It may be that some degree of Imposter Syndrome is also a reaction to the Dunning-Kruger effect that high achievers tend to underestimate their own performance and the awareness that on some level they are still unconsciously incompetent in some areas, i.e. no-one person has all the answers.
"So, how might you use this awareness of this phenomenon
when working with your clients?"
As a consultant or trainer, your clients have come to you to know what they didn't know and see you as the expert in your specialism. How can you be sure you've got the fullest picture possible for your client and take you both into the realm of knowing what you don't know?
Here's a little test for you. If you're adamant you're right, you're probably not as right as you could be. If you doubt your knowledge, you're probably on the right track. Either way, it's worth applying a dose of humility, dig a bit deeper and look for others who contradict what you think and find out what they know that you don't know.
If you disagree with what I've written here, let me know, and maybe we'll both learn something.
Until next time ...
Would you like to know more?
If anything I've written in this blog post resonates with you and you'd like to discover more about , call me on 07970 638857 and let's see how I can help you.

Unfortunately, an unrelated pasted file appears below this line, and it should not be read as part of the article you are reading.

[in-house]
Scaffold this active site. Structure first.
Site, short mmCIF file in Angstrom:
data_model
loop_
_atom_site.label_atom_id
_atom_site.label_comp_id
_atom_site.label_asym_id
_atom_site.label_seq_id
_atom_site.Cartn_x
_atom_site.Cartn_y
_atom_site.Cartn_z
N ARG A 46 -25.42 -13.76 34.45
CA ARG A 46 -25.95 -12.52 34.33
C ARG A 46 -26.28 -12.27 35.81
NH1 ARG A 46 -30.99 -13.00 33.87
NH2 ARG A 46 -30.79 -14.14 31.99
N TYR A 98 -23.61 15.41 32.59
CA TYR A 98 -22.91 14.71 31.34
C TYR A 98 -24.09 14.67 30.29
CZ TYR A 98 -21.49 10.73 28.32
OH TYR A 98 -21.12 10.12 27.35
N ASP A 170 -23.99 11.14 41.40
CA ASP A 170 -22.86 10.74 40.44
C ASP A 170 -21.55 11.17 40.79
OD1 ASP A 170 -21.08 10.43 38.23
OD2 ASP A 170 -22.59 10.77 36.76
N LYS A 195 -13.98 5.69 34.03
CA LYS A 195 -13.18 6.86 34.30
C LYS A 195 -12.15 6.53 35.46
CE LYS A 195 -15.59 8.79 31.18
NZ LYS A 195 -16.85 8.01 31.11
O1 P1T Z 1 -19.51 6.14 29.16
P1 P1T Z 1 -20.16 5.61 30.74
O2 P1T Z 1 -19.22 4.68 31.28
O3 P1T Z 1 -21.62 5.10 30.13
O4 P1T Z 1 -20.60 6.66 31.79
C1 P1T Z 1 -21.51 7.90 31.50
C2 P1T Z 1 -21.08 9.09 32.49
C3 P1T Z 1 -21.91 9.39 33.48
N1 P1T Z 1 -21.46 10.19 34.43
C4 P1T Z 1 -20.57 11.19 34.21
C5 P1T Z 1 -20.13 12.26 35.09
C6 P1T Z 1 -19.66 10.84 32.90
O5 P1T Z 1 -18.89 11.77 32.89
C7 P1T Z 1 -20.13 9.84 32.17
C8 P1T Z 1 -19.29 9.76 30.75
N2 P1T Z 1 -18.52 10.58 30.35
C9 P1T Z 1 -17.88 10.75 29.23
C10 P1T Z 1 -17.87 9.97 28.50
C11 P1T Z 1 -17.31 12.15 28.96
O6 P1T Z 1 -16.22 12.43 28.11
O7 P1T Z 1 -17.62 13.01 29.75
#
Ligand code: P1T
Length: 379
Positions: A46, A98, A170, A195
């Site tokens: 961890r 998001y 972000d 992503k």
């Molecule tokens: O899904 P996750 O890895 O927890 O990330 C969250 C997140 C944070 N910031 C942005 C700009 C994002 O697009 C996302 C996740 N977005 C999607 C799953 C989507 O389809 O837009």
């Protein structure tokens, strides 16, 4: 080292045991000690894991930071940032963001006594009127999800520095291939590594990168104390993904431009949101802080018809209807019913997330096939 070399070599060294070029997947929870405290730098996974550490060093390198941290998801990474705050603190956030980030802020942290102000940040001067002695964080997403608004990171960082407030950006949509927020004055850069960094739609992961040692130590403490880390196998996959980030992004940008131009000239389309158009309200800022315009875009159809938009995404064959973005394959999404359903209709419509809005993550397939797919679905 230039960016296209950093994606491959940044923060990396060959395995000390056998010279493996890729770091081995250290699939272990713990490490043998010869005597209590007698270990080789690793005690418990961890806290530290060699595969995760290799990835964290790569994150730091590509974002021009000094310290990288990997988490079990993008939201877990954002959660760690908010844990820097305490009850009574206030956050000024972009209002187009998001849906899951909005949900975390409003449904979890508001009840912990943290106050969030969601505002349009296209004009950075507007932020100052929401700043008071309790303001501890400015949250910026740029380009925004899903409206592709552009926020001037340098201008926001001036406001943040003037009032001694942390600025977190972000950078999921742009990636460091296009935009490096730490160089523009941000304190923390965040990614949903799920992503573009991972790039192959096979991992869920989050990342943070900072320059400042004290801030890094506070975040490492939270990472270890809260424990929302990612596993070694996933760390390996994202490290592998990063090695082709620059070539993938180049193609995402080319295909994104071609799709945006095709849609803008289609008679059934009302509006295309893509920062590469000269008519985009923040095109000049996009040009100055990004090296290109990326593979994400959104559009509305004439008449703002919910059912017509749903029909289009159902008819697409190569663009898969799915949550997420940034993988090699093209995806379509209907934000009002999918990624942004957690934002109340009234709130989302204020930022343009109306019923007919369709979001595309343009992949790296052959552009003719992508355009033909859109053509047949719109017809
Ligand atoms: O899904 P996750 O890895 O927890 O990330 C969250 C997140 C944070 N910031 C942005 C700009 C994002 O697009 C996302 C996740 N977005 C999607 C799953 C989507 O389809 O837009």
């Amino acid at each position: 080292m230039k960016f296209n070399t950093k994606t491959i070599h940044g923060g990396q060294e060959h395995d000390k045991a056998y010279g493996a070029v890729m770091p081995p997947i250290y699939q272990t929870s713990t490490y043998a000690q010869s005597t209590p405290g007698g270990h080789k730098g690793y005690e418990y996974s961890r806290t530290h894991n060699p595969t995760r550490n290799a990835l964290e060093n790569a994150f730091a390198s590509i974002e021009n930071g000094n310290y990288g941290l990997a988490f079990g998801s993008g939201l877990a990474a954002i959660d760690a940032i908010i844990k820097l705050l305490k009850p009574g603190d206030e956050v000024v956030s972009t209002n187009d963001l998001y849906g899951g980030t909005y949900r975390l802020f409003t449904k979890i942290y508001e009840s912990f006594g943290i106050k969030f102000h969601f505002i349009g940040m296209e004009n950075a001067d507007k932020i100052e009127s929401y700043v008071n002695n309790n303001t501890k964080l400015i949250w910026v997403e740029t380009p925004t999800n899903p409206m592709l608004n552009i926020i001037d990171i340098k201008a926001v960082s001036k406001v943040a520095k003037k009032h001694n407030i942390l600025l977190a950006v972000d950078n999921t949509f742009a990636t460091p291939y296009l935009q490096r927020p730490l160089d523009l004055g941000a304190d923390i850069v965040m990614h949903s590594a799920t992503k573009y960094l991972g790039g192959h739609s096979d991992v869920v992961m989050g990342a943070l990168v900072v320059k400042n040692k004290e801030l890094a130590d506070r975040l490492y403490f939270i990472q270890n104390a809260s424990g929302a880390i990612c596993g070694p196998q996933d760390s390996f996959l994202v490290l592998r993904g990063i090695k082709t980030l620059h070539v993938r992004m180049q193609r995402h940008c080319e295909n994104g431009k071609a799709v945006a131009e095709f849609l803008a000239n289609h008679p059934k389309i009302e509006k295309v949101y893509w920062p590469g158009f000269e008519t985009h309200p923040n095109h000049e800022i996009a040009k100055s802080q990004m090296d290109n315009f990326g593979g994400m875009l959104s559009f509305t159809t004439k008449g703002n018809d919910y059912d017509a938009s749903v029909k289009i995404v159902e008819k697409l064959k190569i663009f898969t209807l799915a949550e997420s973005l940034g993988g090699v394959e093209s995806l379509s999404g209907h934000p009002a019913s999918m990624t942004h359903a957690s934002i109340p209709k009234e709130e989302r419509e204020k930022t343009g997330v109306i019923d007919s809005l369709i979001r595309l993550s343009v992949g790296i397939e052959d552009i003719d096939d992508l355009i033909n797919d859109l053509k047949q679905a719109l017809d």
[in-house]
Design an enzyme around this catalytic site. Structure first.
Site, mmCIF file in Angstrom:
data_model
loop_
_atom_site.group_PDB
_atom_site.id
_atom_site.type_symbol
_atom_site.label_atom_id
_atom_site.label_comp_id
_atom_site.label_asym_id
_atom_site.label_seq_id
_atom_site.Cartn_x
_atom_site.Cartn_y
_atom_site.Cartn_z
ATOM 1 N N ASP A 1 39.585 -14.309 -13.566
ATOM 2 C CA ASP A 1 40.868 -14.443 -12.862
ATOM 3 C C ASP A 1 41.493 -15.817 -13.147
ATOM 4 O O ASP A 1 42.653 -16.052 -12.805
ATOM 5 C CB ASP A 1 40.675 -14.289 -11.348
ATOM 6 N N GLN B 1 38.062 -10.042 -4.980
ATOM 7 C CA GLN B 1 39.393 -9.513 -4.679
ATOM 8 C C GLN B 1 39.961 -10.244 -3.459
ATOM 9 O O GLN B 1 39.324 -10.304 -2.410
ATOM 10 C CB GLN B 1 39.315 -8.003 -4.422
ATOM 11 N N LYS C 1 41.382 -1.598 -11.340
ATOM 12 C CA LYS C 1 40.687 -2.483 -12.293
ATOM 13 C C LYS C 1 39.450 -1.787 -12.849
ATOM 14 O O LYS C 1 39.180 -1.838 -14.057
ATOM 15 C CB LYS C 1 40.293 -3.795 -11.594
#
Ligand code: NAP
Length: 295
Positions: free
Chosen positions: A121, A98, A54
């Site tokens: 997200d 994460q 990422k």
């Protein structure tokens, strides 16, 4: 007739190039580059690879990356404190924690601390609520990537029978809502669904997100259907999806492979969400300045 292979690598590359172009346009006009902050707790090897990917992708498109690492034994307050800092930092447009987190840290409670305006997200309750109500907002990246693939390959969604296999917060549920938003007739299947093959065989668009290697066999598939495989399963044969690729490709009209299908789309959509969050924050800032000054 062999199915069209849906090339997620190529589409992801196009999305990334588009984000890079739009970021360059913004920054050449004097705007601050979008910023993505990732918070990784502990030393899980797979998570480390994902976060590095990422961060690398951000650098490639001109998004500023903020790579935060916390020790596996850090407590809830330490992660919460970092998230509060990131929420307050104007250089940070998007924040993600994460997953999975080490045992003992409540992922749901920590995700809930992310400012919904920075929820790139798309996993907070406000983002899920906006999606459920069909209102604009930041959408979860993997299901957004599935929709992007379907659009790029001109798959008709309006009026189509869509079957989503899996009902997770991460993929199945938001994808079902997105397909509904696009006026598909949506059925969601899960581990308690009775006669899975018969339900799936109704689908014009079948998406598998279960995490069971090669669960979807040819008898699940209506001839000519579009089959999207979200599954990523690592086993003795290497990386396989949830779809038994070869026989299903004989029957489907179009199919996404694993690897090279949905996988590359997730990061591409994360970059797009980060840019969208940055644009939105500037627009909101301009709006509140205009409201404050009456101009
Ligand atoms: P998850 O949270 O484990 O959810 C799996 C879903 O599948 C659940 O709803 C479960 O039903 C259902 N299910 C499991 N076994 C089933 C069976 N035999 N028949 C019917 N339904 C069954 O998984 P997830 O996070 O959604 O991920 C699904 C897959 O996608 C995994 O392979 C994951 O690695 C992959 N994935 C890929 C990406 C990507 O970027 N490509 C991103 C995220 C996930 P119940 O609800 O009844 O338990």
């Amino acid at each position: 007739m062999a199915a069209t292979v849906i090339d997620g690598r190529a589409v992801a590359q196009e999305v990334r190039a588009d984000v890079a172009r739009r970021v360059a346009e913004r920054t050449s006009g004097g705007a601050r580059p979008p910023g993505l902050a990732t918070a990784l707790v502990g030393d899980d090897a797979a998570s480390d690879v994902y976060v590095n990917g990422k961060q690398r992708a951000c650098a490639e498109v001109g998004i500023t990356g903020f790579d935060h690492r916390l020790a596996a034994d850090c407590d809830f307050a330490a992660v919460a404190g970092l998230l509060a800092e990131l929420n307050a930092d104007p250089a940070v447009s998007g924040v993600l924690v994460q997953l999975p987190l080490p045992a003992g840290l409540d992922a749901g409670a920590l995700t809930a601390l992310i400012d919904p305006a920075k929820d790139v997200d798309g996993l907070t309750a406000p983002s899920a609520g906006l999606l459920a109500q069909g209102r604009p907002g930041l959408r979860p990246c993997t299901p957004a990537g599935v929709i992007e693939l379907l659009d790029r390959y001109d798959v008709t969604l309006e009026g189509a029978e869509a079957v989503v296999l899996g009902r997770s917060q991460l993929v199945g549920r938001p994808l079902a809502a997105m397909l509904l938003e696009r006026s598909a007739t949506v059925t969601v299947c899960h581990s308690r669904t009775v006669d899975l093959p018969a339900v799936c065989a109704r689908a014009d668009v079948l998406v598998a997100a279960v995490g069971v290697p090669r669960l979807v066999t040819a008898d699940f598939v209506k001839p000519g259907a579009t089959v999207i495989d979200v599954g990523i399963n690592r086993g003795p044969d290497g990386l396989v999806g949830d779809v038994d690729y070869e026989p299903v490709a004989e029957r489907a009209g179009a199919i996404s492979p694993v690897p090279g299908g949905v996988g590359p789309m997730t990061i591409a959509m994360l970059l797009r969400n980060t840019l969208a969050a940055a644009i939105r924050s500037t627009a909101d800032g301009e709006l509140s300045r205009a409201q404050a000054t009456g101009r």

About Jacky Sherman ...
I help people build and maintain productive working relationships both with their work colleagues and with a wider network to win more business. I do this by combining my skills in coaching, mediation and training with my extensive experience in senior management.
What I love most about my work is when my clients get those a-ha moments because I know they have seen for themselves the way that they want to move forward. Then they will achieve their ambitions.
Helping people who are having challenges with their working relationships gives me enormous pleasure. It was my privilege when working in health care to see how people working together can make the impossible seem easy and accomplish miracles as a result.
So helping people build or restore strong relationship with their colleagues makes even the hardest work easier, alleviates distress for the individual and reduces problems for the whole organisation.
In all this work trust is an essential ingredient to winning business so most of my work comes through referrals. Referrals come through strong business relationships so it was a natural extension for me to train others in how to get consistent and predictable referrals from their network.
What a fantastic way to earn a living!